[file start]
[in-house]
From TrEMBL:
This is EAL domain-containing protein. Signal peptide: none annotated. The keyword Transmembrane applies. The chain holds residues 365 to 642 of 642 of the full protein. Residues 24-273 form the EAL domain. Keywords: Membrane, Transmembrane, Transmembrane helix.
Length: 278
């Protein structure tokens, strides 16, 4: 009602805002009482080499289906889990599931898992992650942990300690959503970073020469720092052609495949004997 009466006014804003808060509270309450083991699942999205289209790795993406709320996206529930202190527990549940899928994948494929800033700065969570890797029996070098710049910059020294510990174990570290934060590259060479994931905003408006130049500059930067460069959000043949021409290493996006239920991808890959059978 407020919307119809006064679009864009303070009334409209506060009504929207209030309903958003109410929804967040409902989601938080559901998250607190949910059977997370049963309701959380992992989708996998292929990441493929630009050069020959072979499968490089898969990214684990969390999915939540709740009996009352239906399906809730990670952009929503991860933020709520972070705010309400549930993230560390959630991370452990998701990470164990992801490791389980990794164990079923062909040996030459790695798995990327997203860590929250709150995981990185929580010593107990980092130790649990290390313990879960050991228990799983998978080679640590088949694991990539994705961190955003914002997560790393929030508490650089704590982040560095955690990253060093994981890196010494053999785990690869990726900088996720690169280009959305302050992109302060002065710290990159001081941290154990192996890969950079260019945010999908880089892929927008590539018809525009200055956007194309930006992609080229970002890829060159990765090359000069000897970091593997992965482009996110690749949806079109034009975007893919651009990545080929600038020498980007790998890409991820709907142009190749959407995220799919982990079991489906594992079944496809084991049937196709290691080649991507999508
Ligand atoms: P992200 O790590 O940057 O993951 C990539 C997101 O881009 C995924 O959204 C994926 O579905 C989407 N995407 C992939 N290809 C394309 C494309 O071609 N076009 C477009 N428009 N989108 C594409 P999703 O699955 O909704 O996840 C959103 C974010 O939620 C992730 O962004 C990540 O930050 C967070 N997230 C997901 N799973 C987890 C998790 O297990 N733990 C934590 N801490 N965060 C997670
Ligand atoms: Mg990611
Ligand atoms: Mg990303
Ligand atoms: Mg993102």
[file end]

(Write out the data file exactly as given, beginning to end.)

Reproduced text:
[in-house]
From TrEMBL:
This is EAL domain-containing protein. Signal peptide: none annotated. The keyword Transmembrane applies. The chain holds residues 365 to 642 of 642 of the full protein. Residues 24-273 form the EAL domain. Keywords: Membrane, Transmembrane, Transmembrane helix.
Length: 278
């Protein structure tokens, strides 16, 4: 009602805002009482080499289906889990599931898992992650942990300690959503970073020469720092052609495949004997 009466006014804003808060509270309450083991699942999205289209790795993406709320996206529930202190527990549940899928994948494929800033700065969570890797029996070098710049910059020294510990174990570290934060590259060479994931905003408006130049500059930067460069959000043949021409290493996006239920991808890959059978 407020919307119809006064679009864009303070009334409209506060009504929207209030309903958003109410929804967040409902989601938080559901998250607190949910059977997370049963309701959380992992989708996998292929990441493929630009050069020959072979499968490089898969990214684990969390999915939540709740009996009352239906399906809730990670952009929503991860933020709520972070705010309400549930993230560390959630991370452990998701990470164990992801490791389980990794164990079923062909040996030459790695798995990327997203860590929250709150995981990185929580010593107990980092130790649990290390313990879960050991228990799983998978080679640590088949694991990539994705961190955003914002997560790393929030508490650089704590982040560095955690990253060093994981890196010494053999785990690869990726900088996720690169280009959305302050992109302060002065710290990159001081941290154990192996890969950079260019945010999908880089892929927008590539018809525009200055956007194309930006992609080229970002890829060159990765090359000069000897970091593997992965482009996110690749949806079109034009975007893919651009990545080929600038020498980007790998890409991820709907142009190749959407995220799919982990079991489906594992079944496809084991049937196709290691080649991507999508
Ligand atoms: P992200 O790590 O940057 O993951 C990539 C997101 O881009 C995924 O959204 C994926 O579905 C989407 N995407 C992939 N290809 C394309 C494309 O071609 N076009 C477009 N428009 N989108 C594409 P999703 O699955 O909704 O996840 C959103 C974010 O939620 C992730 O962004 C990540 O930050 C967070 N997230 C997901 N799973 C987890 C998790 O297990 N733990 C934590 N801490 N965060 C997670
Ligand atoms: Mg990611
Ligand atoms: Mg990303
Ligand atoms: Mg993102």